One of the most hotly contested series of the Pan American Games got under way today and the result was a resounding U.S. victory.

The sport was softball and only three of Cuba's nine batters were able to put their bats on the ball as Dave Scott struck out 15 in the six innings that were required for the U.S. to breeze to a 12-0 victory.

Two Cubans were out on infield grounders. Another, Daniel Dominguez, bunted and was ruled safe on a controversial call in the fifth inning for the only hit off Scott.

"I honestly thought he was out and it would have been nice to throw a no-hitter," said Scott, who walked two. "But it's no heartbreaker. The score was 8-0 USA at the time and that was the important thing. The way they were swinging, I don't think they've seen anybody throw that fast before."

The one-sided contest, halted an inning early because of the 10-run rule, came as a surprise to the U.S. team, which had been upset by Argentina Tuesday night.

"They'd been hitting real well, with 27 runs in two games," said U.S. Coach Rocco Santilli. "But after we lost last night, I think it lit a couple of fires here. Dave was the best I've seen him pitch. He had good velocity and a good drop."

While the Cubans were lunging at Scott's fast balls, trying to make some contact, the U.S. batters were totaling 15 hits, including home runs by Chuck Prescott, Mike Hazel, Mickey Brusco and Stu Dunlop.

At one point, with a new ball in the game, Scott stopped and pointed to the ball and his head.

"The new ball was very slippery and I tried to tell the umpires somebody might get hit in the head," Scott explained.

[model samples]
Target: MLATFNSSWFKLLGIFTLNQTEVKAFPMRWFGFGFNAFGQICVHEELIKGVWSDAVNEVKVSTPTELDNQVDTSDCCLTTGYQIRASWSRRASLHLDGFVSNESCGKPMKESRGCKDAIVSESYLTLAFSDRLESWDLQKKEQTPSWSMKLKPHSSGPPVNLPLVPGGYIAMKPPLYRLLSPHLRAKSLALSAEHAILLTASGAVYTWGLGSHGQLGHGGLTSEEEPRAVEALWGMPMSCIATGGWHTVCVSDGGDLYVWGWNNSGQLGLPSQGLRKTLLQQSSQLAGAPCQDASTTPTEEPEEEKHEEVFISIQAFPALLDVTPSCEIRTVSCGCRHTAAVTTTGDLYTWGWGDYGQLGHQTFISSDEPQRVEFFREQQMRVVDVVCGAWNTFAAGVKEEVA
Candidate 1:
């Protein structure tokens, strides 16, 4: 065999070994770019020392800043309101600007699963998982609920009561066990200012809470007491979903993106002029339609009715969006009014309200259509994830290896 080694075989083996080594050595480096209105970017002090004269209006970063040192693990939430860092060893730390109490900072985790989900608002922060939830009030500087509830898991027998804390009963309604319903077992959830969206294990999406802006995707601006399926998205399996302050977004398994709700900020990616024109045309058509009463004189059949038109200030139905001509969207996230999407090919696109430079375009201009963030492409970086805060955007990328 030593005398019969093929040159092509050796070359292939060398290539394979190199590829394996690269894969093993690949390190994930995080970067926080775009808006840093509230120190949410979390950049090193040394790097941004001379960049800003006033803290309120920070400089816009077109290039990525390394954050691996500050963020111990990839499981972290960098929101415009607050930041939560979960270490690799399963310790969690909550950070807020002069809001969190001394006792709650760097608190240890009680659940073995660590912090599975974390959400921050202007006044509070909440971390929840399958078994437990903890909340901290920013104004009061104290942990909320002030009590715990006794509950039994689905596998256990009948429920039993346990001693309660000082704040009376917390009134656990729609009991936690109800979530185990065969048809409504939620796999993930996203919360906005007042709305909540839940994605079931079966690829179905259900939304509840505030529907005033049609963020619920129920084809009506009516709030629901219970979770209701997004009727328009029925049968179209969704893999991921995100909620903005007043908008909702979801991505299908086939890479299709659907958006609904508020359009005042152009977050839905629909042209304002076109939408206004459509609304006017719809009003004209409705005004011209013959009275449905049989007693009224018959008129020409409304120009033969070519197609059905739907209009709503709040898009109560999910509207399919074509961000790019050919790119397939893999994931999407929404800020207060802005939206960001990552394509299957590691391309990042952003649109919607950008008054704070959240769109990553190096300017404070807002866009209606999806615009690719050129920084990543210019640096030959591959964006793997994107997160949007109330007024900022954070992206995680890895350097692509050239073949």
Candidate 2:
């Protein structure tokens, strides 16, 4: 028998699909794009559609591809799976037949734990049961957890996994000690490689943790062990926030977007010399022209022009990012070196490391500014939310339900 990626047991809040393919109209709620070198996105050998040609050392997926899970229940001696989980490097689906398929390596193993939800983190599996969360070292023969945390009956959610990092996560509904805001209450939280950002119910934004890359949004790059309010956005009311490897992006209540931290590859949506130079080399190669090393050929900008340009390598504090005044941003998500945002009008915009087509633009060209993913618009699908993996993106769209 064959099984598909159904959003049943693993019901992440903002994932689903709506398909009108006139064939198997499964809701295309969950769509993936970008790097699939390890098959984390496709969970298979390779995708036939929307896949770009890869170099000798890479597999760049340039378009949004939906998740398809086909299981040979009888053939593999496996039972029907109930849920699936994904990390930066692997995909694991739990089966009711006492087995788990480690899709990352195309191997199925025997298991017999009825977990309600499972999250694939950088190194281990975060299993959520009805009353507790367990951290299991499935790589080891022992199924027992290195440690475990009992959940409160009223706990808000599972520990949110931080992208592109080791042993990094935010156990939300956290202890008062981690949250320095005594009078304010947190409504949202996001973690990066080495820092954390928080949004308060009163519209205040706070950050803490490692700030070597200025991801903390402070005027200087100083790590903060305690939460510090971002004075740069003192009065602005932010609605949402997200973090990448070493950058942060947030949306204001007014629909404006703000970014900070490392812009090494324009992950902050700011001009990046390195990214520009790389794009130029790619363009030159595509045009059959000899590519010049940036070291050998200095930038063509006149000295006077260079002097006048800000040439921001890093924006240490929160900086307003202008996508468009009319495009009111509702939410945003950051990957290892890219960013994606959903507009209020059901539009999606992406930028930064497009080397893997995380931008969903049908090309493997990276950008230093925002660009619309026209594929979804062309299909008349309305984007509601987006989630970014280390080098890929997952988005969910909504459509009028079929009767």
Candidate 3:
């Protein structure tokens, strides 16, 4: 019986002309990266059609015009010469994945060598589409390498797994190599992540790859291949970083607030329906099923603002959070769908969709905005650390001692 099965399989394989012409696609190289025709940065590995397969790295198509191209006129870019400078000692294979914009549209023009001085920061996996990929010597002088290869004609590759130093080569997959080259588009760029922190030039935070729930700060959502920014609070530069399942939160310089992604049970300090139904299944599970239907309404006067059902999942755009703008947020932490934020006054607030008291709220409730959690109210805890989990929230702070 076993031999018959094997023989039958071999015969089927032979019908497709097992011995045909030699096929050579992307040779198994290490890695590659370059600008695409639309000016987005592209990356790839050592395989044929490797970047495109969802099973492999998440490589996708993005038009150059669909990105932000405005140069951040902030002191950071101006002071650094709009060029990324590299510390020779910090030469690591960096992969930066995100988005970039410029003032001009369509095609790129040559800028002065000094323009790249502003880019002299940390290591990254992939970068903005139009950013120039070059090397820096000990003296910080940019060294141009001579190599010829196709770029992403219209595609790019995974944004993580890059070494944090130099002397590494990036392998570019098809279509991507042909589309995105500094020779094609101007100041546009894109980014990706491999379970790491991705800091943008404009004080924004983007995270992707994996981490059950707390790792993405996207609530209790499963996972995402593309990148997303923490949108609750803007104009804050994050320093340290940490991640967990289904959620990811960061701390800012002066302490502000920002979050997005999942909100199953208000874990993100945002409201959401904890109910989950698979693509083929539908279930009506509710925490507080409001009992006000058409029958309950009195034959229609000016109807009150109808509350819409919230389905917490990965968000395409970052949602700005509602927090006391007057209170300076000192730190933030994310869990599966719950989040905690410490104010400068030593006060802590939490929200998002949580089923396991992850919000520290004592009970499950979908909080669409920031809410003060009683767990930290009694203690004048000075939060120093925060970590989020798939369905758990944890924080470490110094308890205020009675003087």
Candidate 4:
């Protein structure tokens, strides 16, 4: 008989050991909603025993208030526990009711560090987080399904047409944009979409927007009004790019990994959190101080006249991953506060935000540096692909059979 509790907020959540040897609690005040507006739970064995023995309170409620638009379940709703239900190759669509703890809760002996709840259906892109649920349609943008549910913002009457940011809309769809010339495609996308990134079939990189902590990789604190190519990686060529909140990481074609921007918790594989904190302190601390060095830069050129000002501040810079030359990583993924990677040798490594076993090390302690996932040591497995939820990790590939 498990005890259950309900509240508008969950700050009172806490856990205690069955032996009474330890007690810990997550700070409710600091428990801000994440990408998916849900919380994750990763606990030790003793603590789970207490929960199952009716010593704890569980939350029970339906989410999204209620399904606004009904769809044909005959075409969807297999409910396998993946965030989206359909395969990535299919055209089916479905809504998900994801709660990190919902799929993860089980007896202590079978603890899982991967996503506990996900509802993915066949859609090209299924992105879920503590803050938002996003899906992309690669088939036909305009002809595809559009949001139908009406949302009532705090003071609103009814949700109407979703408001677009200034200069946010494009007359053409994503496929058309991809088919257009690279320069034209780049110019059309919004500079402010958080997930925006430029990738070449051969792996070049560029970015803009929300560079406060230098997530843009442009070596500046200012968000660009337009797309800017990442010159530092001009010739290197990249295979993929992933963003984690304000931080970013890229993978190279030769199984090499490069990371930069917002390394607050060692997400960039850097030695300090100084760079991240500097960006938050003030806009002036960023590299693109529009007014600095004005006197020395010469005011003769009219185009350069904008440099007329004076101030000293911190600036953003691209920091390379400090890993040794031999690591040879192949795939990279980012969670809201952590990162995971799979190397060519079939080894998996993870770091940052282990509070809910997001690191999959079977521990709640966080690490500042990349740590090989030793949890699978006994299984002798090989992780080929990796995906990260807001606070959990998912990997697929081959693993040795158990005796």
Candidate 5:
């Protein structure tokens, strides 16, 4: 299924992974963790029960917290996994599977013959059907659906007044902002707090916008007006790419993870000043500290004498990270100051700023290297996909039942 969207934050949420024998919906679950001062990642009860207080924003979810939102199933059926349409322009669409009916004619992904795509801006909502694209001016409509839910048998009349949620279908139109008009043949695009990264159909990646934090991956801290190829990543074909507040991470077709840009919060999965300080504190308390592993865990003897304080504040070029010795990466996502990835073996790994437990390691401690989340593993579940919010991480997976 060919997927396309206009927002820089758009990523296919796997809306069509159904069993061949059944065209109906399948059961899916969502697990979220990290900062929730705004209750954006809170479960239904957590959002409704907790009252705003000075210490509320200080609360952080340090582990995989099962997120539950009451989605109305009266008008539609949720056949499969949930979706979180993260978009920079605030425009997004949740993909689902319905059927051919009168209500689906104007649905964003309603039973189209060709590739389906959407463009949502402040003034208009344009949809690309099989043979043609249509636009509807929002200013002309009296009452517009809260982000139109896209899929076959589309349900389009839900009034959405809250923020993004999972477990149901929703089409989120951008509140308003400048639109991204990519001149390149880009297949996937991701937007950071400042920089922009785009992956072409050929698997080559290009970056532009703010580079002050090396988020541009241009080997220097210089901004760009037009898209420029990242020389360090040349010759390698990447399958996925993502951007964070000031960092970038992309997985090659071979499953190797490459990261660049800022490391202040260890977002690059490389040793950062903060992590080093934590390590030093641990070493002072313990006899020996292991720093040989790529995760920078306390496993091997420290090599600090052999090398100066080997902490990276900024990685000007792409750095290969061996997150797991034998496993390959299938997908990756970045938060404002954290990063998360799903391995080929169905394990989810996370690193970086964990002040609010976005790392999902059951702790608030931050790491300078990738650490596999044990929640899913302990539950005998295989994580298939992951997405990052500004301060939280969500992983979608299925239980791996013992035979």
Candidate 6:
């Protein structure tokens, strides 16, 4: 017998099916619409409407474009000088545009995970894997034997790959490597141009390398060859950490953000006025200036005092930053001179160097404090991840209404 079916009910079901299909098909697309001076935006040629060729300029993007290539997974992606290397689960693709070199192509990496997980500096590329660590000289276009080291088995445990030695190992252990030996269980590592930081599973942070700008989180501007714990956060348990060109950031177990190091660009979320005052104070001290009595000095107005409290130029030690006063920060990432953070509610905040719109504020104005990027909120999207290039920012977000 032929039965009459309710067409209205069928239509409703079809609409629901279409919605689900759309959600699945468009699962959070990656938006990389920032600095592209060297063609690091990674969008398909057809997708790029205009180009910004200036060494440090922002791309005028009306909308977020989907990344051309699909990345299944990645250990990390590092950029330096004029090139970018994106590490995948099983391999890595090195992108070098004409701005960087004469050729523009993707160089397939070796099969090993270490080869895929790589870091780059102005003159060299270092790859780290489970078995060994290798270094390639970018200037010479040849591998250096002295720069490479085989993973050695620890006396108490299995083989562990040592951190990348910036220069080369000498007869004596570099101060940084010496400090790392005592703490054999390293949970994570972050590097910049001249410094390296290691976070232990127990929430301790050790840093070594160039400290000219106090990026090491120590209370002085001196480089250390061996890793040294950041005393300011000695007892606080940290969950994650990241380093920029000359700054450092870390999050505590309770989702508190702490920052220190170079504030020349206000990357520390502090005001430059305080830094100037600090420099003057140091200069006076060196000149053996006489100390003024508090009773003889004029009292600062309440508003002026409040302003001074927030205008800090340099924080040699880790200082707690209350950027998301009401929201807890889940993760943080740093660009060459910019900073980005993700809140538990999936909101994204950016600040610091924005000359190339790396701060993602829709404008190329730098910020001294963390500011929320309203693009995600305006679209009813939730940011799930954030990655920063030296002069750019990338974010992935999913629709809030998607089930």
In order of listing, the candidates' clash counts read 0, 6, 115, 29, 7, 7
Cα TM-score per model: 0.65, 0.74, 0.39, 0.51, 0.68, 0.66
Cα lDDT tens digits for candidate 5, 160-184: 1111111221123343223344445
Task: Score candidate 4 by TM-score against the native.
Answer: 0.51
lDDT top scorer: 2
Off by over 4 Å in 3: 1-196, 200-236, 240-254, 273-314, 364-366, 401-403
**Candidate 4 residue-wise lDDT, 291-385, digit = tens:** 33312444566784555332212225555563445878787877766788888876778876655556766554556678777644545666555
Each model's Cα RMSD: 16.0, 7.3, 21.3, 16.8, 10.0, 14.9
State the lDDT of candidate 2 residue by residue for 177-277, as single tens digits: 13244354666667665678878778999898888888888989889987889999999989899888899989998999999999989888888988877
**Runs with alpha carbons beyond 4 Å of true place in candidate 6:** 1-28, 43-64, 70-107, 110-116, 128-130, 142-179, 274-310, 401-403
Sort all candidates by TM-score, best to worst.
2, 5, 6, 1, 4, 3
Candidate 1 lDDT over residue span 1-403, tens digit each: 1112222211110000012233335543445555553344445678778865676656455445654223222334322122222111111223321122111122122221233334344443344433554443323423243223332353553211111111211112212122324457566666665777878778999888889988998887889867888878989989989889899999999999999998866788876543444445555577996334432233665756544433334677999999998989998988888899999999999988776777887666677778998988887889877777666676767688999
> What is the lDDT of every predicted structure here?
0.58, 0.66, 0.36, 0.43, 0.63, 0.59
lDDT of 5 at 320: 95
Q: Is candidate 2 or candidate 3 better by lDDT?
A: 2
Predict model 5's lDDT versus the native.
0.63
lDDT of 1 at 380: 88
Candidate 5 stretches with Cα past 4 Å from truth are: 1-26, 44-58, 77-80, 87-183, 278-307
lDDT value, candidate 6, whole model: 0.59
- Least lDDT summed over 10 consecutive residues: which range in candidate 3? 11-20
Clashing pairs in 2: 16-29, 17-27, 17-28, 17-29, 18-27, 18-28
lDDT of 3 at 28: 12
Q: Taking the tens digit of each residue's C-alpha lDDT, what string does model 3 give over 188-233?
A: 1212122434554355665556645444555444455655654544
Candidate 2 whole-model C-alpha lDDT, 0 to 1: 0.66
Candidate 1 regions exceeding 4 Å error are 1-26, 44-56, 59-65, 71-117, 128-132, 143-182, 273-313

Accordingly, play was halted while a policeman, watching from the expressway beyond the outfield, slid down an embankment to retrieve the home-run balls.

For Cuban fans, if there were any present, there was literally nothing to cheer about.

When Eusebio Cruz fouled a ball beyond third base in the sixth, the only time the Cubans hit one past the infield, there were derisive cheers from Venezuelan spectators.

The two teams exchanged gifts before the game and shook hands afterward. There was a bit of a problem with the third-base umpire, a Bahamian, who twice called balls on batters because Scott had moved forward off the pitching rubber.

One call resulted in a walk when the batter had apparently struck out and Santilli yelled, "It goes both ways. Don't be a wise guy."

Three homers came off Gilberto Hernandez, second of three Cuban pitchers, and possibly the oldest participant in the Pan Am Games.

"He says he is 45, but that is not true," said Juan Fernandez, a Cuban reporter. "I am 51 and I know he's older. I think maybe he means 45 years pitching."

The players sat on benches behind a temporary fence while workmen continued to prepare the dugouts. Four days ago, there were no seats in the grandstand of the new park in this Caracas suburb, but they were in place for Monday's start of play.